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I agree that Nikon's live-view implementation is not ideal. This is more obvious when you compare it to a dedicated live-view camera like a Sony NEX. I wouldn't mind it so much if OEM screens were available to swap in for accurate manual focus of fast lenses.
For now I just set my aperture to wide open, engage live-view to focus on my D600, magnify, achieve focus at 100% with the zoomed in box, disengage live-view, set my desired shooting aperture, confirm composition through the viewfinder, and shoot.
On my NEX-6 I tilt the LCD up, focus at my desired aperture under one-touch 100% magnification, one-touch zoom out to full view, confirm composition, and shoot. LCD will brighten enough to give details for successful focus, and can be set to a "torch mode" for shooting outdoors in bright light. Alternatively, I can do everything through the EVF.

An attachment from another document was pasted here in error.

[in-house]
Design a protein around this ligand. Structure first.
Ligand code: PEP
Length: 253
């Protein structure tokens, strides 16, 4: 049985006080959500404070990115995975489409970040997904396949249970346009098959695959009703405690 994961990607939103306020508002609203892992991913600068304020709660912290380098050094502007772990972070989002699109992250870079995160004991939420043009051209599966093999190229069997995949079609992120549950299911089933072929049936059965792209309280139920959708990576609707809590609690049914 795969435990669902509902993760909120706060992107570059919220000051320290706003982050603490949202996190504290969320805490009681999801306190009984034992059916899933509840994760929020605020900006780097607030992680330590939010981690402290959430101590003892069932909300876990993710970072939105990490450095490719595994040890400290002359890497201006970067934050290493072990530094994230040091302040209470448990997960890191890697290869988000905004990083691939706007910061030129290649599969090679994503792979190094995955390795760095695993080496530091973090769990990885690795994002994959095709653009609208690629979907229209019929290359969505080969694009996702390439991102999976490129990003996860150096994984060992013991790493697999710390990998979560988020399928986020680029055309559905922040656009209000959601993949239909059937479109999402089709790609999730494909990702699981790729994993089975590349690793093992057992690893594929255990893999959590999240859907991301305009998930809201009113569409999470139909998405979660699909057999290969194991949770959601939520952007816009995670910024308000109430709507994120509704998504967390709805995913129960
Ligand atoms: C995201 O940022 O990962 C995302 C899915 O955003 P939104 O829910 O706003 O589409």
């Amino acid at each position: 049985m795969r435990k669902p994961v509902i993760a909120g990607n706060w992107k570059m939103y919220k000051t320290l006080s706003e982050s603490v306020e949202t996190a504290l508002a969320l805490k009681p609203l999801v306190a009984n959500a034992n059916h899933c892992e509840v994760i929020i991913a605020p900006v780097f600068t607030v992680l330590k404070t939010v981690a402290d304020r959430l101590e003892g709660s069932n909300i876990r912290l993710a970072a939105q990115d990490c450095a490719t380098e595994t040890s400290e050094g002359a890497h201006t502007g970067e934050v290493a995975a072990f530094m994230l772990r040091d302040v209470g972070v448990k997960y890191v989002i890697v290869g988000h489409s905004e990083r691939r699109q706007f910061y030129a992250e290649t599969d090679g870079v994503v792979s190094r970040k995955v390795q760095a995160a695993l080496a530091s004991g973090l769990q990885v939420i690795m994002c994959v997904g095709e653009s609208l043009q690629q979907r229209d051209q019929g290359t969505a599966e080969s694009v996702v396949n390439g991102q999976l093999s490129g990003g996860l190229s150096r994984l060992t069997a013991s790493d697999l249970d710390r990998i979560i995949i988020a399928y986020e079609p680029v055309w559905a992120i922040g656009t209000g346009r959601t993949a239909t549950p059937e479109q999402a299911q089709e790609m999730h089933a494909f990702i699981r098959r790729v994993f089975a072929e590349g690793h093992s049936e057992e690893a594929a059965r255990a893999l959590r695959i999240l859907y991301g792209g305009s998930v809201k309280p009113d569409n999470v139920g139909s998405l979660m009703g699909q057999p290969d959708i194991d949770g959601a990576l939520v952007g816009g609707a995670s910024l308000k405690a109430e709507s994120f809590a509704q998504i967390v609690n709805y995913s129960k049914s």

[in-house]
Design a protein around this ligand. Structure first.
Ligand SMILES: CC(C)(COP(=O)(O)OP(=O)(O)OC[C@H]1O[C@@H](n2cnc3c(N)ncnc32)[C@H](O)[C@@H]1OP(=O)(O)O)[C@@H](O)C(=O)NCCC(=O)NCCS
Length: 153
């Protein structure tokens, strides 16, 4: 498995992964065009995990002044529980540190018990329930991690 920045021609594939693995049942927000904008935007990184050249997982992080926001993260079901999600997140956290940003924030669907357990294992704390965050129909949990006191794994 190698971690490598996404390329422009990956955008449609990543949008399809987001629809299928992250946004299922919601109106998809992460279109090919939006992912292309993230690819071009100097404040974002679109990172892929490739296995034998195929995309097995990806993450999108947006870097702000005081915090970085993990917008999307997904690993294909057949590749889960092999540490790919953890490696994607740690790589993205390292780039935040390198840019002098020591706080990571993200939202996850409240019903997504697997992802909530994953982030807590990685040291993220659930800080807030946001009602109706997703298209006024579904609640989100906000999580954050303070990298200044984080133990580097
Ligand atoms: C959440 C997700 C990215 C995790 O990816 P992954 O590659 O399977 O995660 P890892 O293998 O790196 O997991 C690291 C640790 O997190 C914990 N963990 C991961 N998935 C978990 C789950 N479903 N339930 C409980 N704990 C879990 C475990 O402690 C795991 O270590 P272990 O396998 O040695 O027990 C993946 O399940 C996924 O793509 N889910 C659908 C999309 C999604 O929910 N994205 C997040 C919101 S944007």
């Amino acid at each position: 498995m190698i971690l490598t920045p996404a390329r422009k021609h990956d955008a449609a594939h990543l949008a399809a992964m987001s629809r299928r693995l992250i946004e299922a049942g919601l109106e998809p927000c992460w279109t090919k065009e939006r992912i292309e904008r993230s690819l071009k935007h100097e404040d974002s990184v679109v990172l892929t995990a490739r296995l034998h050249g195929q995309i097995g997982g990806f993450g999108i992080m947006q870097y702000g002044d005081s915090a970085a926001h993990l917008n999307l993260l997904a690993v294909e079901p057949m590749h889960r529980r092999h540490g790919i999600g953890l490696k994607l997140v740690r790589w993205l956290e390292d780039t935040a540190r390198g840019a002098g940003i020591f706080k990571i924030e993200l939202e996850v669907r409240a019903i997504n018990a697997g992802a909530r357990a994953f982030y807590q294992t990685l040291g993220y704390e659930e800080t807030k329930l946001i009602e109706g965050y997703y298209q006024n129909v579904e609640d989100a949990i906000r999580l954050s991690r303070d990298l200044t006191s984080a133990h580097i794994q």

Those are my processes when on a tripod. I shoot exactly the same with the NEX handheld using either the LCD or EVF. With the D600, I get it close with my eyeball through the OVF, then rely on the rangefinder dot, and hope for the best. Live-view is arduous at best handheld. My hit rate is essentially 100% with the NEX, and about 50% critical focus wide open on the D600. When I stop down, I'm closer to 100% with the D600 of course.
The Nikon DSLR bodies are excellent for so many types of shooting and are ergonomically superior, but are lacking for manual focus glass usage compared to other cameras. I plan to try out one of the rumored new full-frame NEX cameras when they are released.